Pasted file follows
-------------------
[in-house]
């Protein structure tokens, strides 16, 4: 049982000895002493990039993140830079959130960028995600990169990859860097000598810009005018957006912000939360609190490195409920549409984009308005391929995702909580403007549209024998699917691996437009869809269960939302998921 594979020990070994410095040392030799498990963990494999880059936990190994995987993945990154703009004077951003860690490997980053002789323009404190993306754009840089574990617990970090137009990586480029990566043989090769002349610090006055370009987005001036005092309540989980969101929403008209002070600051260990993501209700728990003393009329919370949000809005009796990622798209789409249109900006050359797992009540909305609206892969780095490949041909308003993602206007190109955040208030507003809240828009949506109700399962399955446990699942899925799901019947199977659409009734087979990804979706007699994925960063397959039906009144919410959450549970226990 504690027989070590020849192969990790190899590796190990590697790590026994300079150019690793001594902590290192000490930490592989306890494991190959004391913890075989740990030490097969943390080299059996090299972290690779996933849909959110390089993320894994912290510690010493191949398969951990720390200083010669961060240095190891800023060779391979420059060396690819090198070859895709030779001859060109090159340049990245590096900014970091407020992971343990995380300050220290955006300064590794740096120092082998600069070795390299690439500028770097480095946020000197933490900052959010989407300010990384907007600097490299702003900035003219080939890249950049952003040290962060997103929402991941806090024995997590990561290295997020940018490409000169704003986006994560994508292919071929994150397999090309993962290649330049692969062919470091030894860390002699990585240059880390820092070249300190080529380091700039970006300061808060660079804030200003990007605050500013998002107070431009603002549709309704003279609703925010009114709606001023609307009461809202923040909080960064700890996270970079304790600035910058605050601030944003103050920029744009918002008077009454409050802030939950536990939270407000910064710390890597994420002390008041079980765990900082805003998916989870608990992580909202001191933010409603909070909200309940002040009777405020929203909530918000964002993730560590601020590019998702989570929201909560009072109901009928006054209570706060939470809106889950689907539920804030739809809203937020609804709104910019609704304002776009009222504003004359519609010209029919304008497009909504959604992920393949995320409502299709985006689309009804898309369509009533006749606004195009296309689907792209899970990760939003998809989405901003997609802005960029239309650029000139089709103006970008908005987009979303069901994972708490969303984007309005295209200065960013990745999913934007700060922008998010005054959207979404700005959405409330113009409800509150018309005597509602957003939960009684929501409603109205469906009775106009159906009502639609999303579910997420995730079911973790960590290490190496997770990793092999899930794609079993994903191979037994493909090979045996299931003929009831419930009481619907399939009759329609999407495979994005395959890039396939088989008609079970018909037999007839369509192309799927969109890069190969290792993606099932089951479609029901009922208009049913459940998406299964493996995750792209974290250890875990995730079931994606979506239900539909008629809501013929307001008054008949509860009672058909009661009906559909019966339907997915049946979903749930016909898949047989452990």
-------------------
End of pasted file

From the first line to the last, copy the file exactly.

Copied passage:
[in-house]
């Protein structure tokens, strides 16, 4: 049982000895002493990039993140830079959130960028995600990169990859860097000598810009005018957006912000939360609190490195409920549409984009308005391929995702909580403007549209024998699917691996437009869809269960939302998921 594979020990070994410095040392030799498990963990494999880059936990190994995987993945990154703009004077951003860690490997980053002789323009404190993306754009840089574990617990970090137009990586480029990566043989090769002349610090006055370009987005001036005092309540989980969101929403008209002070600051260990993501209700728990003393009329919370949000809005009796990622798209789409249109900006050359797992009540909305609206892969780095490949041909308003993602206007190109955040208030507003809240828009949506109700399962399955446990699942899925799901019947199977659409009734087979990804979706007699994925960063397959039906009144919410959450549970226990 504690027989070590020849192969990790190899590796190990590697790590026994300079150019690793001594902590290192000490930490592989306890494991190959004391913890075989740990030490097969943390080299059996090299972290690779996933849909959110390089993320894994912290510690010493191949398969951990720390200083010669961060240095190891800023060779391979420059060396690819090198070859895709030779001859060109090159340049990245590096900014970091407020992971343990995380300050220290955006300064590794740096120092082998600069070795390299690439500028770097480095946020000197933490900052959010989407300010990384907007600097490299702003900035003219080939890249950049952003040290962060997103929402991941806090024995997590990561290295997020940018490409000169704003986006994560994508292919071929994150397999090309993962290649330049692969062919470091030894860390002699990585240059880390820092070249300190080529380091700039970006300061808060660079804030200003990007605050500013998002107070431009603002549709309704003279609703925010009114709606001023609307009461809202923040909080960064700890996270970079304790600035910058605050601030944003103050920029744009918002008077009454409050802030939950536990939270407000910064710390890597994420002390008041079980765990900082805003998916989870608990992580909202001191933010409603909070909200309940002040009777405020929203909530918000964002993730560590601020590019998702989570929201909560009072109901009928006054209570706060939470809106889950689907539920804030739809809203937020609804709104910019609704304002776009009222504003004359519609010209029919304008497009909504959604992920393949995320409502299709985006689309009804898309369509009533006749606004195009296309689907792209899970990760939003998809989405901003997609802005960029239309650029000139089709103006970008908005987009979303069901994972708490969303984007309005295209200065960013990745999913934007700060922008998010005054959207979404700005959405409330113009409800509150018309005597509602957003939960009684929501409603109205469906009775106009159906009502639609999303579910997420995730079911973790960590290490190496997770990793092999899930794609079993994903191979037994493909090979045996299931003929009831419930009481619907399939009759329609999407495979994005395959890039396939088989008609079970018909037999007839369509192309799927969109890069190969290792993606099932089951479609029901009922208009049913459940998406299964493996995750792209974290250890875990995730079931994606979506239900539909008629809501013929307001008054008949509860009672058909009661009906559909019966339907997915049946979903749930016909898949047989452990």